• In some embodiments, the flashlight 100 can suspend charging operations when the amount of energy remaining in the power supply 218 has fallen below a particular threshold value (e.g., below 5% of the capacity of power supply 218, below 10% of the capacity of power supply 218, below 15% of the capacity of power supply 218, etc.) In some implementations, the PCB 220 can be used to provide this functionality. For example, during charging operations, the PCB 220 can monitor the amount of energy contained within the power supply 218. When it determines that the amount of energy remaining in the power supply 218 has fallen below a particular threshold value, the PCB 220 can stop the transfer of energy from the power supply 218 to the connected external device. In some implementations, stopping energy transfer in this manner ensures that a predetermined amount of energy in the power supply 218 remains available to operate the flashlight's illumination functionality, even if the connected external device has not yet been fully charged.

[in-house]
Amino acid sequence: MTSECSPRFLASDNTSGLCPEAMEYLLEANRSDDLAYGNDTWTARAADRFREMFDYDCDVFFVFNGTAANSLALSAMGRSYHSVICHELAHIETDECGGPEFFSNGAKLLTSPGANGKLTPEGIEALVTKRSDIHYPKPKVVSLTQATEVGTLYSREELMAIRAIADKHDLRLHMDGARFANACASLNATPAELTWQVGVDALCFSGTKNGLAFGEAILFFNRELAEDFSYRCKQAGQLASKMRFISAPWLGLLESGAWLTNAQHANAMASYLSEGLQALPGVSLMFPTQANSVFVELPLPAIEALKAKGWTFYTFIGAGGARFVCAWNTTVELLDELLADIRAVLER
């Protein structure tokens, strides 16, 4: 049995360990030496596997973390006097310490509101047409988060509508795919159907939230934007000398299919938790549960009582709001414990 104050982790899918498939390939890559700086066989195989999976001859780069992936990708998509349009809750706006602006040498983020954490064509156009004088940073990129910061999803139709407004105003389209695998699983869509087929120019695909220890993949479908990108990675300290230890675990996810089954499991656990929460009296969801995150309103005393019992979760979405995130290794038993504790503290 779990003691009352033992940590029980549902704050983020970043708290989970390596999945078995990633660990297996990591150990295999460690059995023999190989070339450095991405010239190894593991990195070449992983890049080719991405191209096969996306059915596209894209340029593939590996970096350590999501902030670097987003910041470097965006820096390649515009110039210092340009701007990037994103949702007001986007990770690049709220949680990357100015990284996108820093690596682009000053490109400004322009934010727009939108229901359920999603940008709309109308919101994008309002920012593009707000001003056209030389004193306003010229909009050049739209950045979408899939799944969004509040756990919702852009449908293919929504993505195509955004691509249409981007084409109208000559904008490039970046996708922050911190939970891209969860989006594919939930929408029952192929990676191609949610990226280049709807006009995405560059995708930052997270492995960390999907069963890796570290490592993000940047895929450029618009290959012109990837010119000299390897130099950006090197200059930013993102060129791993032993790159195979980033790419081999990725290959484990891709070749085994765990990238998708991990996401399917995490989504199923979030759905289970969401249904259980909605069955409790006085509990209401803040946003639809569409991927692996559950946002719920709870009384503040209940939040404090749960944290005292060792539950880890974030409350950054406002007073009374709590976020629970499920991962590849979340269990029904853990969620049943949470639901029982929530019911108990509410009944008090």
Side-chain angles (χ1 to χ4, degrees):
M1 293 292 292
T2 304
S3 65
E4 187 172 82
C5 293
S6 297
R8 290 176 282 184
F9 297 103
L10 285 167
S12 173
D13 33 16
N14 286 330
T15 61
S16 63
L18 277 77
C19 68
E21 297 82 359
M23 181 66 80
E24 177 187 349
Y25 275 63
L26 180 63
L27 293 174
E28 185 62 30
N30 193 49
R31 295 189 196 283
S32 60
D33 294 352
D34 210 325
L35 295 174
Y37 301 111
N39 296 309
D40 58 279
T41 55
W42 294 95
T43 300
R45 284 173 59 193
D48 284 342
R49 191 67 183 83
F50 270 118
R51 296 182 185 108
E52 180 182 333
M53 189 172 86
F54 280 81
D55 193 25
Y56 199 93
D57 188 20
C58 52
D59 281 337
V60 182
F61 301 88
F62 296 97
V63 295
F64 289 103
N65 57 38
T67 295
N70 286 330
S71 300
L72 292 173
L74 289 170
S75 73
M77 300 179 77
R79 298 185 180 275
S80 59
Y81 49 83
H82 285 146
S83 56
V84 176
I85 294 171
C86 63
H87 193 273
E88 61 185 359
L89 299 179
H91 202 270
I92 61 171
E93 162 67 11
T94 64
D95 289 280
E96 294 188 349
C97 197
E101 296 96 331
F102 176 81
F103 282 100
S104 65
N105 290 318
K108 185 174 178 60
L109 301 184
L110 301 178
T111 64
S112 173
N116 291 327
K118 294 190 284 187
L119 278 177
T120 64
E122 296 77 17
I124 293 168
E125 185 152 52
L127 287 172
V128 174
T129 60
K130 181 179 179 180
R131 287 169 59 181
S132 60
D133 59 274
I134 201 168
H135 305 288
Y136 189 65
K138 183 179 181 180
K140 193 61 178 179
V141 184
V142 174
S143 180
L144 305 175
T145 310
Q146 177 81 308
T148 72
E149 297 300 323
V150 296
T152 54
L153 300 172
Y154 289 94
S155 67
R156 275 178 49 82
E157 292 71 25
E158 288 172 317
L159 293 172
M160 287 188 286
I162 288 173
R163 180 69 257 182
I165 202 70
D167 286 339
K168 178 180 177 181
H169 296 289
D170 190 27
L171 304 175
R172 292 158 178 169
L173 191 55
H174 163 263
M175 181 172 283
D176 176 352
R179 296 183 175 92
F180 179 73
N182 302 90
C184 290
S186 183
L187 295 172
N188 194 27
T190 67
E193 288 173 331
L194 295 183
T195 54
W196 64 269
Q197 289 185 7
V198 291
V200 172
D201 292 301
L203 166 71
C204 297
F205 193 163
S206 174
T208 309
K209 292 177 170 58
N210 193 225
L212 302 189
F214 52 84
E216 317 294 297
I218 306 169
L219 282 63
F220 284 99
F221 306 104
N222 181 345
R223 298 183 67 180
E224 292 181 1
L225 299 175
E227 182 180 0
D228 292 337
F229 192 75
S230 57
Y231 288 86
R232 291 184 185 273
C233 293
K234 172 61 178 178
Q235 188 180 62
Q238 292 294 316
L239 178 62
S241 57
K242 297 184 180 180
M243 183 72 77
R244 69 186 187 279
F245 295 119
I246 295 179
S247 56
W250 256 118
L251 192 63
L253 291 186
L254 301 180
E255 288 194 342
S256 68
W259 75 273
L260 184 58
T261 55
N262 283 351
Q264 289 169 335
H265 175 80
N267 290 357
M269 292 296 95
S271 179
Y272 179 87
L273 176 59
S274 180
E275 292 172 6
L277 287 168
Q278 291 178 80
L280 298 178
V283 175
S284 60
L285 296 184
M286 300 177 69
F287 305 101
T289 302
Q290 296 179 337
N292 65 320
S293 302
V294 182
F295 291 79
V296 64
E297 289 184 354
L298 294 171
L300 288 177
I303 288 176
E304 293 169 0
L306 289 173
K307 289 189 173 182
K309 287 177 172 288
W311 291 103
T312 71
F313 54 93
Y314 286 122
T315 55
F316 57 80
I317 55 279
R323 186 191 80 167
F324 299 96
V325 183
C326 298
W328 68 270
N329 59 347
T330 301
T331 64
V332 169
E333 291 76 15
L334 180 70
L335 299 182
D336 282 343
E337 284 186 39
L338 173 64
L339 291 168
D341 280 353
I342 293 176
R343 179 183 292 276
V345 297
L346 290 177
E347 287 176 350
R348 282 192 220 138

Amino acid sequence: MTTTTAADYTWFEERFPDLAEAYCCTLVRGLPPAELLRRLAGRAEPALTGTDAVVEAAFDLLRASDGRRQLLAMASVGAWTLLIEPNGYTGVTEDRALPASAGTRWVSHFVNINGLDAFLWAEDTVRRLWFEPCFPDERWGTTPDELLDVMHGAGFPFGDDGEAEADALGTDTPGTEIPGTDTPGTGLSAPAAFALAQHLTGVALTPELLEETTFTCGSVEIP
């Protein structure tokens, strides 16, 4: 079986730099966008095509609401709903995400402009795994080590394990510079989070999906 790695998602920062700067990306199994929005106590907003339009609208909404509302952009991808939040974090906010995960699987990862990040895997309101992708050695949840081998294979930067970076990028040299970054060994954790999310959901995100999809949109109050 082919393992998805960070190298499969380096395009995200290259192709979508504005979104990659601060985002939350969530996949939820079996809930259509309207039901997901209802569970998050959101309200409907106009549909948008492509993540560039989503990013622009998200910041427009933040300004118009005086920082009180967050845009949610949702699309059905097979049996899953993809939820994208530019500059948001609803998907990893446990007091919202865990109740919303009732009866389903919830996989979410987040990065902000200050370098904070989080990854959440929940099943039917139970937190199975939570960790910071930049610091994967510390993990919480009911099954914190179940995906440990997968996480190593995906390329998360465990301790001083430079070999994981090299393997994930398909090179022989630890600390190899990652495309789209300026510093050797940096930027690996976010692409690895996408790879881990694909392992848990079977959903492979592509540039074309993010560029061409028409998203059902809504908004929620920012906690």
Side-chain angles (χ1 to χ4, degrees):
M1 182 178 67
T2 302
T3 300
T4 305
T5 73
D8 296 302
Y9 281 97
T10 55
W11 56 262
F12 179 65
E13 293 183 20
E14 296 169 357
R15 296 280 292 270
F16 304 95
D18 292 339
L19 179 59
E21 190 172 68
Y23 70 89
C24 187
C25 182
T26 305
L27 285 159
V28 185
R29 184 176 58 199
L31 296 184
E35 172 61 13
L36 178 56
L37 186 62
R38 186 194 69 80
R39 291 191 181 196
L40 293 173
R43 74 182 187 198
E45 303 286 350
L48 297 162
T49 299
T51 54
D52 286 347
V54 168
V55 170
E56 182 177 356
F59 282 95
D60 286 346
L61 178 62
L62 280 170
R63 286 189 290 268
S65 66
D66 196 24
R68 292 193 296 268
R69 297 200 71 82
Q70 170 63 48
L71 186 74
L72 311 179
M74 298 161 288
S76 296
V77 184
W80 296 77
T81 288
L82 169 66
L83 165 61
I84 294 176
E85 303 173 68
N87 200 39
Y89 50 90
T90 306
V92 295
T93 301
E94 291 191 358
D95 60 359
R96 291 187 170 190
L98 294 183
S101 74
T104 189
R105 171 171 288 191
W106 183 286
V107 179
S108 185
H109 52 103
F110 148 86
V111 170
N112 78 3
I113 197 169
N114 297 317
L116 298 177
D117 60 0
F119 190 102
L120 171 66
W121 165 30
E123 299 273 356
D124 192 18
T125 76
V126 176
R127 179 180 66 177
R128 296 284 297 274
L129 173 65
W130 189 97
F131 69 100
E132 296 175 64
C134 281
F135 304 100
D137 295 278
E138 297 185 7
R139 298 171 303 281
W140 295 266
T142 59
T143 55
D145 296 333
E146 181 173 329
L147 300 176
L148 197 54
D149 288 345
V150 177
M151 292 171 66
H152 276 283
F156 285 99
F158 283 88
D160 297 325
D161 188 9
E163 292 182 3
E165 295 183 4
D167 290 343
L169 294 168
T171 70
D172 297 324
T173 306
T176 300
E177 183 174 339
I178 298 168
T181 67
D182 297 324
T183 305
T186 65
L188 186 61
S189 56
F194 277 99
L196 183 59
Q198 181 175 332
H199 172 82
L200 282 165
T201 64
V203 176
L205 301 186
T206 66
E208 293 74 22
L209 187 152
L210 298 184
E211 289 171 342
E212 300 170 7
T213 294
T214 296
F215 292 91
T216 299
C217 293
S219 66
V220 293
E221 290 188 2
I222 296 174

• In general, connectors 132 and 134 allow for the transfer of energy into and/or out of flashlight 100. Connections 132 and 134 may be of various types of connection interfaces. For instance, in some embodiments, connectors 132 and 134 are universal serial bus (USB) connectors, such as USB Type A or B, mini USB Type A or B, micro USB Type A or B, nano USB Type A or B, etc. Connectors 132 and 134 may be adapted to accept different connect interface configurations. For instance, in some embodiments, one or more of the connectors are in a “male” configuration, such that they can connect to a connection interface in a “female” configuration. In some embodiments, one or more of the connectors are in a “female” configuration, such that they can connect to a connection interface in a “male” configuration. As shown in FIG. 1B, an embodiment of flashlight 100 includes a USB Type A connector 132 in a female configuration, and a mini USB Type A connector 134 in a female configuration. In some embodiments, instead of being of a common standard design, connectors 132 and 134 are of a propriety design, such that only cables with proprietary connection interfaces may be connected.